5. Humanities Society of New Zealand [X], a national organisation predicated on the idea that the humanities must have a strong voice in the formation of public opinion and national policy.
    6. Koninklijke Academie voor Nederlandse Taal-en Letterkunde [X], The Royal Academy of Dutch Language and Literature was found by a Royal Charter in 1886. With 30 elected members, the Academy hosts several research projects in the field of scholarly editing, Dutch language and literature, philology, dialectology, bibliography, and the culture of the Low countries with a strong focus on the integration of humanities computing.
    7. Social Sciences and Humanities Research Council of Canada [X], the federal funding agency for university-based research and graduate training in the social sciences and humanities.


  1. Library, museum and cultural heritage organisations
    1. Consortium for Computer Interchange of Museum Information [X], a group of institutions and organizations that encourages an open standards-based approach to the management and delivery of digital museum information.
    2. International Council of Museums [X], a Non-Governmental Organisation (NGO), with formal links to UNESCO, devoted to the promotion and development of museums and the museum profession at an international level.
    3. National Initiative for a Networked Cultural Heritage (NINCH, U.S.) [X], a collaborative project of The American Council of Learned Societies, the Coalition for Networked Information and the Getty Information Institute; aims to assure leadership from the cultural community in the evolution of the digital environment.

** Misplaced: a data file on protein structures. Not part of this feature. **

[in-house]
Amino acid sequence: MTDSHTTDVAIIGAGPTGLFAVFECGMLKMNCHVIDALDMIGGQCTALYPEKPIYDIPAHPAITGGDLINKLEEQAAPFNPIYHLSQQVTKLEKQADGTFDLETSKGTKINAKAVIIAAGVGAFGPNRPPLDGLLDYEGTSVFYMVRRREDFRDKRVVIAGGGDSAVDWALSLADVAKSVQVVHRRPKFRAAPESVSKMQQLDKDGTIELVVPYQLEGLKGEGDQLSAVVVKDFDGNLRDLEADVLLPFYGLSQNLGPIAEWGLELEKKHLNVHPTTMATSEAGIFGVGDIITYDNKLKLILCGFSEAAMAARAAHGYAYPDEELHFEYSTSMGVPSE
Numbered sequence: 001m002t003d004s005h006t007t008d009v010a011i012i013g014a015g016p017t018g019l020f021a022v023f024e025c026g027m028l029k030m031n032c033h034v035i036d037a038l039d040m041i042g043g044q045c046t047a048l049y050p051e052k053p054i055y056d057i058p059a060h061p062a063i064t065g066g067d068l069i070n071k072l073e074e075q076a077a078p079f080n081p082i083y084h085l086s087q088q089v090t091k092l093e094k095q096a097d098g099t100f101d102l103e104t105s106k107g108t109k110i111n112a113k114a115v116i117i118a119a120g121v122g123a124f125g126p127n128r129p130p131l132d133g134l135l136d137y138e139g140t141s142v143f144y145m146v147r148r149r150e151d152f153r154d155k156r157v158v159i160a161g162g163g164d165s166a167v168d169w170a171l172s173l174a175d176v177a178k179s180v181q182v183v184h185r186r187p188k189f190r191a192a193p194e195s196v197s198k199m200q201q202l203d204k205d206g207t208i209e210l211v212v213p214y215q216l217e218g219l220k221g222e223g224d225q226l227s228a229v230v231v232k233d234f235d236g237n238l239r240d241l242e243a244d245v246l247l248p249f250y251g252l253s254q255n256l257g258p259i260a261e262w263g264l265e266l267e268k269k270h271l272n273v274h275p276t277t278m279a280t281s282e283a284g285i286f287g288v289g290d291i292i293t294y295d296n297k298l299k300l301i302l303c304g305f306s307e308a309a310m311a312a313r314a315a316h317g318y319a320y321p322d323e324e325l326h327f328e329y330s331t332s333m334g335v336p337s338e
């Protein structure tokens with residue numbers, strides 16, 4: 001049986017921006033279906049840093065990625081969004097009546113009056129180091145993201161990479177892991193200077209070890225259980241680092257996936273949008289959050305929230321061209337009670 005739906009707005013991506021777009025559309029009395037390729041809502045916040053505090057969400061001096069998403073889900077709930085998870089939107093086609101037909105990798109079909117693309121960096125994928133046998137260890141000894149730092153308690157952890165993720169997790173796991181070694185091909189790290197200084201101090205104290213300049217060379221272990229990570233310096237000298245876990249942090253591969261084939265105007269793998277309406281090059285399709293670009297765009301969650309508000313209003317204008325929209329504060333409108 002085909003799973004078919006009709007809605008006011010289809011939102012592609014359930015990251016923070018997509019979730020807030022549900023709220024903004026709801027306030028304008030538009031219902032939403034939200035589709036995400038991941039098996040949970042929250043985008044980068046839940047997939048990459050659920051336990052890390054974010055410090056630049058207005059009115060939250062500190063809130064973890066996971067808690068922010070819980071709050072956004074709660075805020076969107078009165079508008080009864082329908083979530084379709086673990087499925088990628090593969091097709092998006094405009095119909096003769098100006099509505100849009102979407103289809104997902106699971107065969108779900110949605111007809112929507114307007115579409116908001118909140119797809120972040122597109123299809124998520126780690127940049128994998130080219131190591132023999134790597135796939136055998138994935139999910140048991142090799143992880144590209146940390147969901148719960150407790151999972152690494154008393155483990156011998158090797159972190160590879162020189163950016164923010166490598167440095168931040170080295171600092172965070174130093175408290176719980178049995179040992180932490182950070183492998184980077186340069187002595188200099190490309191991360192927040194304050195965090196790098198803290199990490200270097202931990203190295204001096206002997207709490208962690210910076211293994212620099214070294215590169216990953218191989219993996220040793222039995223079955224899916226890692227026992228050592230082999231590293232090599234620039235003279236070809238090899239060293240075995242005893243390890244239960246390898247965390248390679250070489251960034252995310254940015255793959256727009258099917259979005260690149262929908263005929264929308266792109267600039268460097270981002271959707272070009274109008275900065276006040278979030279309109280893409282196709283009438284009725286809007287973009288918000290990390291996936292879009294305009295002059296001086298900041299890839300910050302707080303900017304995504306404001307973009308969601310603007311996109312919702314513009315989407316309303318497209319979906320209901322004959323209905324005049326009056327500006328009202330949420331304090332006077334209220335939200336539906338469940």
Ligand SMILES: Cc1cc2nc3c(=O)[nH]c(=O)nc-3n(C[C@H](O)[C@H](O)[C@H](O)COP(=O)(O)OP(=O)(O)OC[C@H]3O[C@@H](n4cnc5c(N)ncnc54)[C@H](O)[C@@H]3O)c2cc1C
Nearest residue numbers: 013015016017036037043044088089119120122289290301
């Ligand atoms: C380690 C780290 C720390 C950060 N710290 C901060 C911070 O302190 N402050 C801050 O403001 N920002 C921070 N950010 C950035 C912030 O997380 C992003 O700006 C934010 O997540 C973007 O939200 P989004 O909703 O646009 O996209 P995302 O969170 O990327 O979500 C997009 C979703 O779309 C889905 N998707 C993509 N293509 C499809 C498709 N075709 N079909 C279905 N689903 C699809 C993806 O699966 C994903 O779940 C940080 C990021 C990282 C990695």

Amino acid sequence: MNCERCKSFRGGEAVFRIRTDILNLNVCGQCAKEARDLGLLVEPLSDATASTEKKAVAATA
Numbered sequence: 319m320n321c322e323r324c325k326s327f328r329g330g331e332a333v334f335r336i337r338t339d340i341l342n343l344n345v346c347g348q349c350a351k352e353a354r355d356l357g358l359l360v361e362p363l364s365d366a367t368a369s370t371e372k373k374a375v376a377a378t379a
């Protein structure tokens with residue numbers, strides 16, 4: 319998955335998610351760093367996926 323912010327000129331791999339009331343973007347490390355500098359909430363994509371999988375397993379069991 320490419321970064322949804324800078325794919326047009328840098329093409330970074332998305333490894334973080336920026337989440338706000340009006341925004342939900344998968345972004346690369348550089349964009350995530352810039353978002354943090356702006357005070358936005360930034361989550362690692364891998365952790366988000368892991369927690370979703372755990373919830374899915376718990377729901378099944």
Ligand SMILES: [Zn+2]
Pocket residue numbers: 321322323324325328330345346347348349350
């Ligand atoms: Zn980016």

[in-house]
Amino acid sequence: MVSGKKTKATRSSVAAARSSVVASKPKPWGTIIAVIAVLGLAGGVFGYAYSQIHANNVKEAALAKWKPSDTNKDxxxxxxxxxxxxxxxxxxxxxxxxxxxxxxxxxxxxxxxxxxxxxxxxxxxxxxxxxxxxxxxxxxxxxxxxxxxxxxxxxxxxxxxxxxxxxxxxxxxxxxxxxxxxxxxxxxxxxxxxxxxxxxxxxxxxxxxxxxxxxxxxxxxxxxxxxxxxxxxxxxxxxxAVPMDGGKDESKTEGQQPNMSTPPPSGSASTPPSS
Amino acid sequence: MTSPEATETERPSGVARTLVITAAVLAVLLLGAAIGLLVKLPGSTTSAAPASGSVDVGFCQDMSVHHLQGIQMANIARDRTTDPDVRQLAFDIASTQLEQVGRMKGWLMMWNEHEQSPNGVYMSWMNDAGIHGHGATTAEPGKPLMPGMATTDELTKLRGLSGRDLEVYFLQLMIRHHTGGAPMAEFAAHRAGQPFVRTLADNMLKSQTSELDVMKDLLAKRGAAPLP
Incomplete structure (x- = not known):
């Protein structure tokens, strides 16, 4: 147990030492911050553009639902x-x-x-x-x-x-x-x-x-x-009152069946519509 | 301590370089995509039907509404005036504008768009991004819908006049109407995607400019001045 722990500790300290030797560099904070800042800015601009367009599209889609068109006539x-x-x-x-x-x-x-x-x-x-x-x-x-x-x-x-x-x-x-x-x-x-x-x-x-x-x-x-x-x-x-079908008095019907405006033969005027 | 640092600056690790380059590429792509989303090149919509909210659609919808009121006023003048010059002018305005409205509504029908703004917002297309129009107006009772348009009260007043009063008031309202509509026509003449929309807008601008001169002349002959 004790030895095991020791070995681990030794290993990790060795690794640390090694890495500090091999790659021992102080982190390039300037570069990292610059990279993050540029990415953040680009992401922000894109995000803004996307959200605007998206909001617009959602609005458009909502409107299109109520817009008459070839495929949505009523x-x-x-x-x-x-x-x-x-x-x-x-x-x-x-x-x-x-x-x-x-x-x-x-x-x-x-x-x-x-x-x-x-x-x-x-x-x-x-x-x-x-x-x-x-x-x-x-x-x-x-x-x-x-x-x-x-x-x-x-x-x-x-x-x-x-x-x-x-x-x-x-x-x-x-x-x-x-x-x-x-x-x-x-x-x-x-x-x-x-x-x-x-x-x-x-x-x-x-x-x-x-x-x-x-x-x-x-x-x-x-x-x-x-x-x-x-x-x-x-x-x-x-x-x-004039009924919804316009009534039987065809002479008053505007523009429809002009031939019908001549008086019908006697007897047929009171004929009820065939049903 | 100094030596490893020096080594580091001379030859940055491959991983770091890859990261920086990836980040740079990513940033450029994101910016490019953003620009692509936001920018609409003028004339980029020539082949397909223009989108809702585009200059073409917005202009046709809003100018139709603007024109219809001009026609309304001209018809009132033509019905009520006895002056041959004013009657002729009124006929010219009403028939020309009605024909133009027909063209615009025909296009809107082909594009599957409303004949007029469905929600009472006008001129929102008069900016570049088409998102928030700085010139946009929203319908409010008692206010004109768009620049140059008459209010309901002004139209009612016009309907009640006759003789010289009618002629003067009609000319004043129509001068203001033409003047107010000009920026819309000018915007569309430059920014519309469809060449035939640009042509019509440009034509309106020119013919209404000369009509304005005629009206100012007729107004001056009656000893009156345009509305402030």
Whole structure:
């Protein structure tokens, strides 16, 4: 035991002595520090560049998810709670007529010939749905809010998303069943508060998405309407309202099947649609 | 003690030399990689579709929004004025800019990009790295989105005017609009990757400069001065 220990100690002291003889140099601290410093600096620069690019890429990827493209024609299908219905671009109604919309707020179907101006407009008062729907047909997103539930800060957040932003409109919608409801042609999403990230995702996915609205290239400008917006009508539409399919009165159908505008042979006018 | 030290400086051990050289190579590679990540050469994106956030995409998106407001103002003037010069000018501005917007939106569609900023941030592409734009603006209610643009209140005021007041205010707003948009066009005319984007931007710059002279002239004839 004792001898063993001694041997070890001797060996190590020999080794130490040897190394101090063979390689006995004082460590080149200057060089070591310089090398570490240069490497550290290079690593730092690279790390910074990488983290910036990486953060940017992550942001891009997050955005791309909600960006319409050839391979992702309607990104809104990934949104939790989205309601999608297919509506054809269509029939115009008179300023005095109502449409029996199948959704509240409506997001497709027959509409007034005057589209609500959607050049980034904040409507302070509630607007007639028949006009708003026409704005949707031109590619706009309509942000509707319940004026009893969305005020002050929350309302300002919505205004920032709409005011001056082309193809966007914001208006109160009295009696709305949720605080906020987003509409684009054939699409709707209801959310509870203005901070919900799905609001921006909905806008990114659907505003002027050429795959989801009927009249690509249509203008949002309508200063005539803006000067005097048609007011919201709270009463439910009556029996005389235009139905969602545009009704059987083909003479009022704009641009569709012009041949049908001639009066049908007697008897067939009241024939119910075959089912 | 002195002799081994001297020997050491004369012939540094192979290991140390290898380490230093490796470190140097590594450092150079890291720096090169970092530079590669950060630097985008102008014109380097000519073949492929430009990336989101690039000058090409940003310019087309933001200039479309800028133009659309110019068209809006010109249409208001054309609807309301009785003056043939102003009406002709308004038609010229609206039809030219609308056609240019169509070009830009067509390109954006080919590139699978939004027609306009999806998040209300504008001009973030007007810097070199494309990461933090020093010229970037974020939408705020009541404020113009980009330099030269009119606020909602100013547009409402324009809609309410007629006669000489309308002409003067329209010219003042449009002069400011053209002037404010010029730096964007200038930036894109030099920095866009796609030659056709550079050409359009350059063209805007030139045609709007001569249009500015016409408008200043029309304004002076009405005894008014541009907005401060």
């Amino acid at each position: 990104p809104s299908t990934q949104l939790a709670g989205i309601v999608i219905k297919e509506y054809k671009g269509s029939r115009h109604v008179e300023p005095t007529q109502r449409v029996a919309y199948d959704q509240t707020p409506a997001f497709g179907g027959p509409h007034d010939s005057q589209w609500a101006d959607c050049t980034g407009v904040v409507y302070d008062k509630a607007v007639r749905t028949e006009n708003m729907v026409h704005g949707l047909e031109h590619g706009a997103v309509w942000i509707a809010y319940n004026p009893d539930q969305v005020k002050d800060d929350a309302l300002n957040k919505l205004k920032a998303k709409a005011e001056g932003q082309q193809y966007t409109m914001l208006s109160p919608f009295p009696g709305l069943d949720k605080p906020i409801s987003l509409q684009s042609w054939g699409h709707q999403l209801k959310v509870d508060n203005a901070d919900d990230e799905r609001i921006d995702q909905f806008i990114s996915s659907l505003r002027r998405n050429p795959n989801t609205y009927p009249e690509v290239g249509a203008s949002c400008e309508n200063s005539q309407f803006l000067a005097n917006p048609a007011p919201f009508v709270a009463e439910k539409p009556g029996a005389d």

4. National Science Digital Library (NSDL) funded by the National Science Foundation to provide organized access to high quality resources and tools that support innovations in teaching and learning at all levels of science, technology, engineering, and mathematics education.
    5. Research Libraries Group [X], a not-for-profit membership corporation of institutions devoted to improving access to information that supports research and learning.
    6. Society of Biblical Literature [X], takes an active role in the development of information technology for use by anyone interested in biblical studies.


  1. Other
    1. Digital Games Research Assocation [X], "Digital Games Research Association (DiGRA) is a non-profit, international association of academics and practitioners whose work focuses on digital games and associated activities."
    2. Rhizome [X], "Rhizome.org is a nonprofit organization that was founded in 1996 to provide an online platform for the global new media art community. Our programs and services support the creation, presentation, discussion and preservation of contemporary art that uses new technologies in significant ways. Our core activities include commissions, email discussions and publications, this web site, and events." Membership includes access to the Rhizome ArtBase, an extensive online repository for digital art.
    3. trAce Online Writing Centre, [X], "trAce connects writers and readers around the world in real and virtual space. We promote an accessible and inclusive approach to the internet with the focus on creativity, collaboration and training. This is where writers meet to experiment, create new work, and expand the potential of the global literary community. Membership is free."
    4. Networked Infrastructure for Nineteenth-Century Electronic Scholarship (NINES) [X] aims to protect, sustain, and enhance digital scholarship and criticism in "the long 19th century" by federating peer-reviewed digital scholarship for research and analysis in an innovative discovery, collaboration, and publication environment.